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I have several different web applications with their own separate databases. All of these different web applications also use a common database for authentication which contains the list of all of my users and the user's name. To keep things simple, let just say my application databases are like a forum and they track user posts; in the tables they will store a userID and some post text.

Now the problem I am having is that some of my team members feel that what we are doing is messy and frictional because it kind of a pain how to get my applications to display a users name next to their posts which is a very common task. First I have to go to the application database and do something like SELECT userID, postText FROM tblPosts then I have to take that userID and go to the user database and get the actual name with SELECT name FROM tblUsers WHERE userID = X. And then merge data from those two queries together to get it out on the page.

I personally don't mind the way we are doing it as I think it's important to just use a single separate user database for data constancy, but some of my team members want to copy over all of the user names into the local application databases and store the user name next to the userID when recording posts so its super simple to get that information back out. In the event a user wants to change their name (a very infrequent event and we only have about 100 users) we should just run an update in the common database as well as all of the application databases.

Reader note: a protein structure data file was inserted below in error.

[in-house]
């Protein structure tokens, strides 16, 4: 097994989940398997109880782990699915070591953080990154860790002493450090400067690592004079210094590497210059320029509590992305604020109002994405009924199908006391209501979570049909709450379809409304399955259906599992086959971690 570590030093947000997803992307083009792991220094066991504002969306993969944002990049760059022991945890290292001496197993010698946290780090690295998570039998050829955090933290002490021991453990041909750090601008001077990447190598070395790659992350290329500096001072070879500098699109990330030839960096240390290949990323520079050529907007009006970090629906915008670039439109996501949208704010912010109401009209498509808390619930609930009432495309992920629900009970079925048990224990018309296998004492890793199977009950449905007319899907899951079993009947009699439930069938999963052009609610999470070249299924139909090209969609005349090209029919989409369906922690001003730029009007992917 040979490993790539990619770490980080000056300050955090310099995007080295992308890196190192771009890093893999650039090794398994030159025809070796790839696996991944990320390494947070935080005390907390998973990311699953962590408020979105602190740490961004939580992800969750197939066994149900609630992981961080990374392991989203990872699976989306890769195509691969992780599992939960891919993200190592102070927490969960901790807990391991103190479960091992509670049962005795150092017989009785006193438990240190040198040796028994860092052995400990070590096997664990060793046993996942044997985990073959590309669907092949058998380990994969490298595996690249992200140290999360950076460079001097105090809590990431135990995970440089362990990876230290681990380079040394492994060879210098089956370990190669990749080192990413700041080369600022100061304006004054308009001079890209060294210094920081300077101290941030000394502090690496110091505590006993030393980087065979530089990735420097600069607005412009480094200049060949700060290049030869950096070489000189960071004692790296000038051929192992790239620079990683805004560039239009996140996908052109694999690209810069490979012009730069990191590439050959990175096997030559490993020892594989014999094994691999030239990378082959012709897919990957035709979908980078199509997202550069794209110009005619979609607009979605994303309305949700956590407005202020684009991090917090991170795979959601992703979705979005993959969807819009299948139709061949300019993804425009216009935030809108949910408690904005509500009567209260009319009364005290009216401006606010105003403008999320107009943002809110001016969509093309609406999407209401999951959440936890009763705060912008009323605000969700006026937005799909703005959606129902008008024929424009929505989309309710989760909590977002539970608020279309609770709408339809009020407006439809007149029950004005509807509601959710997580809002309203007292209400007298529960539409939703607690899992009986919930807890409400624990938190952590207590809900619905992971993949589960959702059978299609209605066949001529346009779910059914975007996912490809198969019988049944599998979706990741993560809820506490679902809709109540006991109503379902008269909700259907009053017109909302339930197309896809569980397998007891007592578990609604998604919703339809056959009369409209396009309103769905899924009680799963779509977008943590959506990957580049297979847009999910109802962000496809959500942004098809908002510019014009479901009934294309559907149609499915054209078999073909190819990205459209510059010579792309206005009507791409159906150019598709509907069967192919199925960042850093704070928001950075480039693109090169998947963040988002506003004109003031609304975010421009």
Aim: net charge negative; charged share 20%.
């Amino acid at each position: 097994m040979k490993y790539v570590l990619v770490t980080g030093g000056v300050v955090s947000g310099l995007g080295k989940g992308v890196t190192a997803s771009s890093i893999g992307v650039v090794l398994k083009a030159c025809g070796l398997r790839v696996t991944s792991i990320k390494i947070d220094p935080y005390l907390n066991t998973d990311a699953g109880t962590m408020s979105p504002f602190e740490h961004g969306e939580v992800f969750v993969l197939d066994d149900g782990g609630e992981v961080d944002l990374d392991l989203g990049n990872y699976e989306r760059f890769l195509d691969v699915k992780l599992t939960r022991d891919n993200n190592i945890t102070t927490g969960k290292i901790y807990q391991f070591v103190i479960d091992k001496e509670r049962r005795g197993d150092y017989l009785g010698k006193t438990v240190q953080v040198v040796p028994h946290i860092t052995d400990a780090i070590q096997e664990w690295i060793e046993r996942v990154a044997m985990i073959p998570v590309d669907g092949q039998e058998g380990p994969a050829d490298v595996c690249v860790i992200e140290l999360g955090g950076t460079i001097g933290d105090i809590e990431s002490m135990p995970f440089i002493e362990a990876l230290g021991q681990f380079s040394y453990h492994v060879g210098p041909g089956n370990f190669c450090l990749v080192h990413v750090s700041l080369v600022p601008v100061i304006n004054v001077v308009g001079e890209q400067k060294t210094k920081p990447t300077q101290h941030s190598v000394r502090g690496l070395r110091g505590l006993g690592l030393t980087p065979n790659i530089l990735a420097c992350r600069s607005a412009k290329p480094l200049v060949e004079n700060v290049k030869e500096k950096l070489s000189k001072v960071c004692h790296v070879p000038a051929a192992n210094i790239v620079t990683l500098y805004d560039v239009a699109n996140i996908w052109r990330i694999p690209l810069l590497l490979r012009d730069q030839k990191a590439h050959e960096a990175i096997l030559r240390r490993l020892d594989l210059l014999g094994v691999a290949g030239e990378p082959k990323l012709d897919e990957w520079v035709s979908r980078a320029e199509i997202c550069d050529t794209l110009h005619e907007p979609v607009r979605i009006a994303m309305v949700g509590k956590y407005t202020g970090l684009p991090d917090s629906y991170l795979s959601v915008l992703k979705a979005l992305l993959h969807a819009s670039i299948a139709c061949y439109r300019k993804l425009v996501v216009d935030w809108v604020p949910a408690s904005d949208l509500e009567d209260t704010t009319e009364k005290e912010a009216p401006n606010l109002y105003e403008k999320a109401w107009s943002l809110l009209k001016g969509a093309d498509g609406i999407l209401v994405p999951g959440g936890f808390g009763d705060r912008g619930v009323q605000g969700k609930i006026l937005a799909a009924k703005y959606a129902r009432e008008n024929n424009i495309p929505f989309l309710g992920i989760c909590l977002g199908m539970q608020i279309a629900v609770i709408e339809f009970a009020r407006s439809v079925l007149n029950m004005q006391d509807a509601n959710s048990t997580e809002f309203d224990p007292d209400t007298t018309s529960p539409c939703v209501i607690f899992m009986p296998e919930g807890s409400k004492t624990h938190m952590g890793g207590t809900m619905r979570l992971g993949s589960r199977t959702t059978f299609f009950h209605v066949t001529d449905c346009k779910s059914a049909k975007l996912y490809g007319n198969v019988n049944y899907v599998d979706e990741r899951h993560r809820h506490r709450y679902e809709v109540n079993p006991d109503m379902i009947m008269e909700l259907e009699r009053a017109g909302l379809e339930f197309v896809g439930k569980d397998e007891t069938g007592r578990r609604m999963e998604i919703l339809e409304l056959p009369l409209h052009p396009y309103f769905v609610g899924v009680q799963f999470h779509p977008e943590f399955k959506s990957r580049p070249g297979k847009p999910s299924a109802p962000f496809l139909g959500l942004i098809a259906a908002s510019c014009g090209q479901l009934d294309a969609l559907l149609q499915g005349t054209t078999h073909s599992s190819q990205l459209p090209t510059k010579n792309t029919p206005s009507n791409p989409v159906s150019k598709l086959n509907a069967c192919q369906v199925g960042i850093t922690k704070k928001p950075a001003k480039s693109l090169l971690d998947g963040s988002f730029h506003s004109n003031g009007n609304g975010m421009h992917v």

This seems like a common issue people might have. Can someone please weigh in on the common approaches to dealing with the problem and what we might want to do.

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You're approach is not unreasonable. "Code is hard" is not a valid reason to denormalize your schema. It does sound like you'd benefit from abstracting those details away in an object or library, so you can put that data anywhere and the rest of your coworkers/code doesn't have to care. –  Dave S. May 10 '13 at 16:57
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I agree with Dave S. Have everyone write the code once to select the user name from the common table and the user id from the individual tables. Then they just call their routine to get the user name from the common table. –  Gilbert Le Blanc May 10 '13 at 17:06

1 Answer 1

You have a system with a working single-signon scheme (centralized user identity and authentication). That's a huge competitive advantage.

You've built it simply and cleanly. That's even more huge. This kind of thing is very hard to get right, and you have done that.

(If you were to try to build this with some system like LDAP or Active Directory, you'd have a lot of complex code to maintain.)

Don't let your fellow developers sacrifice that advantage for their personal convenience. If you have to synchronize changes to the user database, you will have problems when things get out of sync. It's a when question, not an if question.

By the way, if your user database and website specific databases are on the same MySQL server, you can do stuff like this to integrate the use of the two different databases. That may meet the needs of your developers.

  SELECT u.username, d.opname
    FROM userdatabase.users u
    JOIN website.transaction d ON u.userid = d.userid

But if you do this, you'll make it hard to migrate your various website databases to other server machines in the future.

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